Posted on by Robert Smith

Kokpelli cave art

I have to confess, I am a serial random Wikipedia addict. I normally start by typing in a common phrase, casually choose an article and then start mining through the links going deeper and deeper into the unknown. On one such occasion, I came across this hearty fella Kokopelli.

In mythology, Kokopelli is a fertility god, identifiable by his humpback, feathers in his hat and is usually pictured playing the flute. Like all the best gods out there - fertility and non-fertility alike, he was known as a bit of a prankster and it is said his flute playing chases away the winter and brings about spring - that’s some playing! More of note, In the Winnebago version of Kokopelli, he has a penis which he could detach and send down the river to "have his way" with the young maidens bathing in the stream.

Depictions appear of him across the four corners of the South American south-west (where current-day Utah, Arizona, Colorado and New Mexico meet) in the form of petroglyphs and pictographs dating back to 1300 AD - though possibly as far back as 200BC

There is much discussion about his origin, and I should point out little in the way of an agreement but a few notes I have pulled together.

  • He is rarely pictured on his own. Instead being pictured with animals and crops, specifically maize, which is associated with life. 
  • It is it a hump on his back or is it a sack full of seeds? Interestingly on its own, Native American culture doesn't have a language equivalent or concept for the word disability. Differences were not seen in the person, but that they had on a spiritual level, experienced a different reality and this was often held within esteem. 
  • There is also debate whether it is a flute that he is holding or something else like a spear. I am going to stick my neck out here and say, in my opinion, it is most definitely a flute. This is based on my philosophy “what would a five-year-old draw ?”


If you want to find out more about Kokopelli, then I can highly recommend this article

Kokopellli cufflinks being made, on the jewellers bench
When it came to designing the cufflinks, I went with a more modern depiction of Kokopelli, but I wanted to keep that cave art look. I also decided that Kokopelli needed a friend, and that is my own invention trying to keep within the style and the feel.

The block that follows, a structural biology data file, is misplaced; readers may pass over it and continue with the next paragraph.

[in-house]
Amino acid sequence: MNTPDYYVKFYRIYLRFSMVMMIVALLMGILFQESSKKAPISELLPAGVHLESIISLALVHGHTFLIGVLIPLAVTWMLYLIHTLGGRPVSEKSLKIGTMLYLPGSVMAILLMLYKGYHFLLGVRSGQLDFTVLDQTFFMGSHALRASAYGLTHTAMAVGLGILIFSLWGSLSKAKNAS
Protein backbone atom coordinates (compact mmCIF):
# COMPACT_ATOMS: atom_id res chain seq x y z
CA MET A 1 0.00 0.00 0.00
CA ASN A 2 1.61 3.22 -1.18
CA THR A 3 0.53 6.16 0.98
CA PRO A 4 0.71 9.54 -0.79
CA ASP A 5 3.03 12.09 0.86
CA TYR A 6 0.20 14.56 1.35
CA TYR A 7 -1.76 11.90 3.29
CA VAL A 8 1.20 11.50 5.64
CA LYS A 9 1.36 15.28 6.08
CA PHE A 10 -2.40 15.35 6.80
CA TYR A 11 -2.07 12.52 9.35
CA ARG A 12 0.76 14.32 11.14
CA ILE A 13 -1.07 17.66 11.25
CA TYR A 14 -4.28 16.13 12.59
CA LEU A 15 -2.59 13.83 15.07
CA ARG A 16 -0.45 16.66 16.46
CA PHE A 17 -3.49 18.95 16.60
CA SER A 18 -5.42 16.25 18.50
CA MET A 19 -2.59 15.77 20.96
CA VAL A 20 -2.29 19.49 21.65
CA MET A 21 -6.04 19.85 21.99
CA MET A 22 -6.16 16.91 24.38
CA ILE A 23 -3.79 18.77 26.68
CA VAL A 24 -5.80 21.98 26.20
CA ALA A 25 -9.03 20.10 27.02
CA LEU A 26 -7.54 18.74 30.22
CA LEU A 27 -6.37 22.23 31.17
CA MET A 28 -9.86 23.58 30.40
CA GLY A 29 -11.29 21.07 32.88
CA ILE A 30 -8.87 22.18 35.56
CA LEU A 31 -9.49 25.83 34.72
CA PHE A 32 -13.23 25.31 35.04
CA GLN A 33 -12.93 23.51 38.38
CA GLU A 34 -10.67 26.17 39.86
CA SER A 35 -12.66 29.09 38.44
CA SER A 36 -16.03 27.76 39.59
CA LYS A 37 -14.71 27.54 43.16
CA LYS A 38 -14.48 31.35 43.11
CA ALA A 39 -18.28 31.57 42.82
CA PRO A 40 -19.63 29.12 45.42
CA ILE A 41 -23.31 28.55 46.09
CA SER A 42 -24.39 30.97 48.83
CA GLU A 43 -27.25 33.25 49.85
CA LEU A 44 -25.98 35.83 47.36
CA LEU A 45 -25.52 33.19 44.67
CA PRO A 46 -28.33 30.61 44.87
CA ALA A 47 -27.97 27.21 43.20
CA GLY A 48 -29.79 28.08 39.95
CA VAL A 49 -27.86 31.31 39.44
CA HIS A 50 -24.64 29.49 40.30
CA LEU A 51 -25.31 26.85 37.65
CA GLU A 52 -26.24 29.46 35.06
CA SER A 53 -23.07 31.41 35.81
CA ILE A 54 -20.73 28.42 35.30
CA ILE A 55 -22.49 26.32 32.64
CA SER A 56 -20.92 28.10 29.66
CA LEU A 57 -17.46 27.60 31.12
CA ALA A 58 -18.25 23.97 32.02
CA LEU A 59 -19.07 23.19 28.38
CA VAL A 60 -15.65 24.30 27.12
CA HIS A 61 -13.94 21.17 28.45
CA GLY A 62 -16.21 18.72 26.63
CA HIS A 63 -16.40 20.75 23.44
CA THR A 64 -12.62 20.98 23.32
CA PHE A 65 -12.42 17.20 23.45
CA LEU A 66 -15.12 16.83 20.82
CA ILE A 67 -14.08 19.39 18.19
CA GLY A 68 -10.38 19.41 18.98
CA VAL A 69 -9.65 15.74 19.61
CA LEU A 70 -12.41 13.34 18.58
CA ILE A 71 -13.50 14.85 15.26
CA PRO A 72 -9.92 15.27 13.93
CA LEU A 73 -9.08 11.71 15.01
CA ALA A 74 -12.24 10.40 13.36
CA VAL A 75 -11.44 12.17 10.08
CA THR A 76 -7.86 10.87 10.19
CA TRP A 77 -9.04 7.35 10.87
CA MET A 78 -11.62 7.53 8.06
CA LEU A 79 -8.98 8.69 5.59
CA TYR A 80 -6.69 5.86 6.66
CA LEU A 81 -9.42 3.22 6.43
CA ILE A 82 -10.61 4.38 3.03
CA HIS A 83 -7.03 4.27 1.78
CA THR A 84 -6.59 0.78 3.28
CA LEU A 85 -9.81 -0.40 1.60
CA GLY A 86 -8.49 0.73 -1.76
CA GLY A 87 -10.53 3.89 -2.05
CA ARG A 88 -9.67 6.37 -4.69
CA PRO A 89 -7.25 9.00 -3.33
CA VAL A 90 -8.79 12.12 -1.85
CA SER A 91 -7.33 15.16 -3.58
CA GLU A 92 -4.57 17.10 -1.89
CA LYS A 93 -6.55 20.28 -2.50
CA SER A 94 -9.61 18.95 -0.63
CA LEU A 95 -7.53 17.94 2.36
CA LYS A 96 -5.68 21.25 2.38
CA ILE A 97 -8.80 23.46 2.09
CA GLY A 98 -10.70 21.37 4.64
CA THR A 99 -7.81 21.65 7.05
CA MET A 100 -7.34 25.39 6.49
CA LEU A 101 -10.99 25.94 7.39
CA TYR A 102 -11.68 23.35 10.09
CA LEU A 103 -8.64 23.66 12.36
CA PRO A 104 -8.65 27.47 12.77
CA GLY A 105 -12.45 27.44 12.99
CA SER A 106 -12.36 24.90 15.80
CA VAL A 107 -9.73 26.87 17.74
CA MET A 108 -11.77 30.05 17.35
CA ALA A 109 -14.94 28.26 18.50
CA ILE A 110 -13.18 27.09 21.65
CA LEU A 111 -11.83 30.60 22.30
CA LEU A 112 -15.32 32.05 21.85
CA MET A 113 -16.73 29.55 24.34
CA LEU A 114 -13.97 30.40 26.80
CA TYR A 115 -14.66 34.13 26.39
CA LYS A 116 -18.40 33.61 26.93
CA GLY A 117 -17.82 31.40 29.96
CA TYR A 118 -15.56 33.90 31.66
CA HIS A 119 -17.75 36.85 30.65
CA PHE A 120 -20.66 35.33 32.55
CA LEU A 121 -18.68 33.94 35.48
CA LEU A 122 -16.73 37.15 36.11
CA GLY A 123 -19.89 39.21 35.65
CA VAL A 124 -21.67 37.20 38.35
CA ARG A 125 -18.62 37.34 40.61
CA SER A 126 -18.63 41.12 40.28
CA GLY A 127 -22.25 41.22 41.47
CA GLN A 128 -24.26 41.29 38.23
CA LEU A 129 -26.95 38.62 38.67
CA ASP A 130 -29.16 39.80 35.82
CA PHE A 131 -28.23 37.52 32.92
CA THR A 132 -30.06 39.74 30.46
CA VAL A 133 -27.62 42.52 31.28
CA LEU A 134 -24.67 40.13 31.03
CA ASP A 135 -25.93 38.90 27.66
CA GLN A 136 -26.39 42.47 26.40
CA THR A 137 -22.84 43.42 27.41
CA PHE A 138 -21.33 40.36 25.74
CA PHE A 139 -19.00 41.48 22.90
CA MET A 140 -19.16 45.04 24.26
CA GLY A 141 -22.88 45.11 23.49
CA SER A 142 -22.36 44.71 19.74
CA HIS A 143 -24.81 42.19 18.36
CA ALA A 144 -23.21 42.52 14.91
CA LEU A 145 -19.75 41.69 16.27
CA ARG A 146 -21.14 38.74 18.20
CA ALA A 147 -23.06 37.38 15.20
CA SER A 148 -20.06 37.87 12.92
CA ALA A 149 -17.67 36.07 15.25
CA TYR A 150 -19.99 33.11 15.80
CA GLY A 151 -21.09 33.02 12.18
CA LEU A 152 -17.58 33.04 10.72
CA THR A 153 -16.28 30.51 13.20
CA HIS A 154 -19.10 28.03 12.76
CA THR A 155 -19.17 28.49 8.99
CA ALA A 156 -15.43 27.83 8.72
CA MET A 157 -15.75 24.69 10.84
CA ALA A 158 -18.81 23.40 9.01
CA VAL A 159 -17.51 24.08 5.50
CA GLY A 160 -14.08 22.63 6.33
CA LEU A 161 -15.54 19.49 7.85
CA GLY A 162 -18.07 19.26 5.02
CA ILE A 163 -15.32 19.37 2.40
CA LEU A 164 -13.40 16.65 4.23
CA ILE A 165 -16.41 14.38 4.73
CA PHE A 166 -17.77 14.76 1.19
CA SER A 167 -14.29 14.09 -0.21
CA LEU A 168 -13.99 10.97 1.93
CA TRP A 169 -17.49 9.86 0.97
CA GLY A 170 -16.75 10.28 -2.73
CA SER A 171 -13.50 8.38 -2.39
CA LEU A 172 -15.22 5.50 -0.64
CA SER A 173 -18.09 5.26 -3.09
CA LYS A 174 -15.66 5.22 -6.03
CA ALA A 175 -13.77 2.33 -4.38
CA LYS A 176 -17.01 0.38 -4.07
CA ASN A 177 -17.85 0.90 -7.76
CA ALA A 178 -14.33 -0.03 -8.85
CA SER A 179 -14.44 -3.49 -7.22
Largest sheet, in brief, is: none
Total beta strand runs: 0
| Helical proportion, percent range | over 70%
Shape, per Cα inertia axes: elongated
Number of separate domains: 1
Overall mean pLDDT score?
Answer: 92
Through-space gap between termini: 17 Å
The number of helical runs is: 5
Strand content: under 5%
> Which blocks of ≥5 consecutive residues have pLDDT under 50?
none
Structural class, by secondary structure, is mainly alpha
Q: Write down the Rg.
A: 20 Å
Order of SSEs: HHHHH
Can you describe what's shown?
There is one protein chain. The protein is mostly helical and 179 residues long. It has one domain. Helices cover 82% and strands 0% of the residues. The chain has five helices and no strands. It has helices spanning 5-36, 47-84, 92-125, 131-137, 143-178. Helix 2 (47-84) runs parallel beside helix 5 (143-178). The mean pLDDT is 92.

I am pretty certain these are the only pair of fertility cufflinks in existence. Whether they work or not, I will leave that down to you to find out.

 

Fertility cufflinks featuring Kokopelli

Kokpelli cave art

I have to confess, I am a serial random Wikipedia addict. I normally start by typing in a common phrase, casually choose an article and then start mining through the links going deeper and deeper into the unknown. On one such occasion, I came across this hearty fella Kokopelli.

In mythology, Kokopelli is a fertility god, identifiable by his humpback, feathers in his hat and is usually pictured playing the flute. Like all the best gods out there - fertility and non-fertility alike, he was known as a bit of a prankster and it is said his flute playing chases away the winter and brings about spring - that’s some playing! More of note, In the Winnebago version of Kokopelli, he has a penis which he could detach and send down the river to "have his way" with the young maidens bathing in the stream.

Depictions appear of him across the four corners of the South American south-west (where current-day Utah, Arizona, Colorado and New Mexico meet) in the form of petroglyphs and pictographs dating back to 1300 AD - though possibly as far back as 200BC

There is much discussion about his origin, and I should point out little in the way of an agreement but a few notes I have pulled together.

  • He is rarely pictured on his own. Instead being pictured with animals and crops, specifically maize, which is associated with life. 
  • It is it a hump on his back or is it a sack full of seeds? Interestingly on its own, Native American culture doesn't have a language equivalent or concept for the word disability. Differences were not seen in the person, but that they had on a spiritual level, experienced a different reality and this was often held within esteem. 
  • There is also debate whether it is a flute that he is holding or something else like a spear. I am going to stick my neck out here and say, in my opinion, it is most definitely a flute. This is based on my philosophy “what would a five-year-old draw ?”


If you want to find out more about Kokopelli, then I can highly recommend this article

Kokopellli cufflinks being made, on the jewellers bench
When it came to designing the cufflinks, I went with a more modern depiction of Kokopelli, but I wanted to keep that cave art look. I also decided that Kokopelli needed a friend, and that is my own invention trying to keep within the style and the feel.

I am pretty certain these are the only pair of fertility cufflinks in existence. Whether they work or not, I will leave that down to you to find out.

 

Fertility cufflinks featuring Kokopelli